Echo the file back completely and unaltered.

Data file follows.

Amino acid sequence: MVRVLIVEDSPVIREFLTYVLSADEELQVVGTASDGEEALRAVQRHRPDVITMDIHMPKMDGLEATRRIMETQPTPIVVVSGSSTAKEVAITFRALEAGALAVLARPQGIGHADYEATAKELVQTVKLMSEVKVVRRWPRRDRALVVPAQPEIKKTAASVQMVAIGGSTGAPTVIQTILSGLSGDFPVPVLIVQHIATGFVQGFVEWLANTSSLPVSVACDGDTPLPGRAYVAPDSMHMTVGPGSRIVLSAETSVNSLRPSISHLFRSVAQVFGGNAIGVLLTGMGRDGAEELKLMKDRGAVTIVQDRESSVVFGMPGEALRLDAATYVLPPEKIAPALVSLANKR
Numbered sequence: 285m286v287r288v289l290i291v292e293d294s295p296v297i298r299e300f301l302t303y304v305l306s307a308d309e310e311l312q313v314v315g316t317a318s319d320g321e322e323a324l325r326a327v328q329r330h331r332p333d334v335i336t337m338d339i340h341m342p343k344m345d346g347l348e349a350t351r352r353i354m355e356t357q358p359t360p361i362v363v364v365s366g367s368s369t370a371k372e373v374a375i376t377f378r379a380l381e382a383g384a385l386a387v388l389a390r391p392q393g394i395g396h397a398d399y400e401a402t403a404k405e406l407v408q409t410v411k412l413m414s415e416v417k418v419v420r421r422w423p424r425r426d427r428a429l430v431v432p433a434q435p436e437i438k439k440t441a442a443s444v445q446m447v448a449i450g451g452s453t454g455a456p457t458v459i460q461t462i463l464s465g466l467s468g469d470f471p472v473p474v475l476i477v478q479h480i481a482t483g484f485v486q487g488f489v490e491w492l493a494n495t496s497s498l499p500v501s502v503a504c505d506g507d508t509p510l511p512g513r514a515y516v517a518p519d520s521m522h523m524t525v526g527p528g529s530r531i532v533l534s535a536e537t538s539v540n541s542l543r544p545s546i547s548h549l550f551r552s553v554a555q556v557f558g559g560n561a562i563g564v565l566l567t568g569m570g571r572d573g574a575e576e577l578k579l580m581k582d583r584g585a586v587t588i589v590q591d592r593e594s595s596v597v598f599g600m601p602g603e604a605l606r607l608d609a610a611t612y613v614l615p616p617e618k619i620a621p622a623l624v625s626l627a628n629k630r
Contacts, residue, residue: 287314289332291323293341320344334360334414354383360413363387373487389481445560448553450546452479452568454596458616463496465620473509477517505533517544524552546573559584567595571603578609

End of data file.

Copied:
Amino acid sequence: MVRVLIVEDSPVIREFLTYVLSADEELQVVGTASDGEEALRAVQRHRPDVITMDIHMPKMDGLEATRRIMETQPTPIVVVSGSSTAKEVAITFRALEAGALAVLARPQGIGHADYEATAKELVQTVKLMSEVKVVRRWPRRDRALVVPAQPEIKKTAASVQMVAIGGSTGAPTVIQTILSGLSGDFPVPVLIVQHIATGFVQGFVEWLANTSSLPVSVACDGDTPLPGRAYVAPDSMHMTVGPGSRIVLSAETSVNSLRPSISHLFRSVAQVFGGNAIGVLLTGMGRDGAEELKLMKDRGAVTIVQDRESSVVFGMPGEALRLDAATYVLPPEKIAPALVSLANKR
Numbered sequence: 285m286v287r288v289l290i291v292e293d294s295p296v297i298r299e300f301l302t303y304v305l306s307a308d309e310e311l312q313v314v315g316t317a318s319d320g321e322e323a324l325r326a327v328q329r330h331r332p333d334v335i336t337m338d339i340h341m342p343k344m345d346g347l348e349a350t351r352r353i354m355e356t357q358p359t360p361i362v363v364v365s366g367s368s369t370a371k372e373v374a375i376t377f378r379a380l381e382a383g384a385l386a387v388l389a390r391p392q393g394i395g396h397a398d399y400e401a402t403a404k405e406l407v408q409t410v411k412l413m414s415e416v417k418v419v420r421r422w423p424r425r426d427r428a429l430v431v432p433a434q435p436e437i438k439k440t441a442a443s444v445q446m447v448a449i450g451g452s453t454g455a456p457t458v459i460q461t462i463l464s465g466l467s468g469d470f471p472v473p474v475l476i477v478q479h480i481a482t483g484f485v486q487g488f489v490e491w492l493a494n495t496s497s498l499p500v501s502v503a504c505d506g507d508t509p510l511p512g513r514a515y516v517a518p519d520s521m522h523m524t525v526g527p528g529s530r531i532v533l534s535a536e537t538s539v540n541s542l543r544p545s546i547s548h549l550f551r552s553v554a555q556v557f558g559g560n561a562i563g564v565l566l567t568g569m570g571r572d573g574a575e576e577l578k579l580m581k582d583r584g585a586v587t588i589v590q591d592r593e594s595s596v597v598f599g600m601p602g603e604a605l606r607l608d609a610a611t612y613v614l615p616p617e618k619i620a621p622a623l624v625s626l627a628n629k630r
Contacts, residue, residue: 287314289332291323293341320344334360334414354383360413363387373487389481445560448553450546452479452568454596458616463496465620473509477517505533517544524552546573559584567595571603578609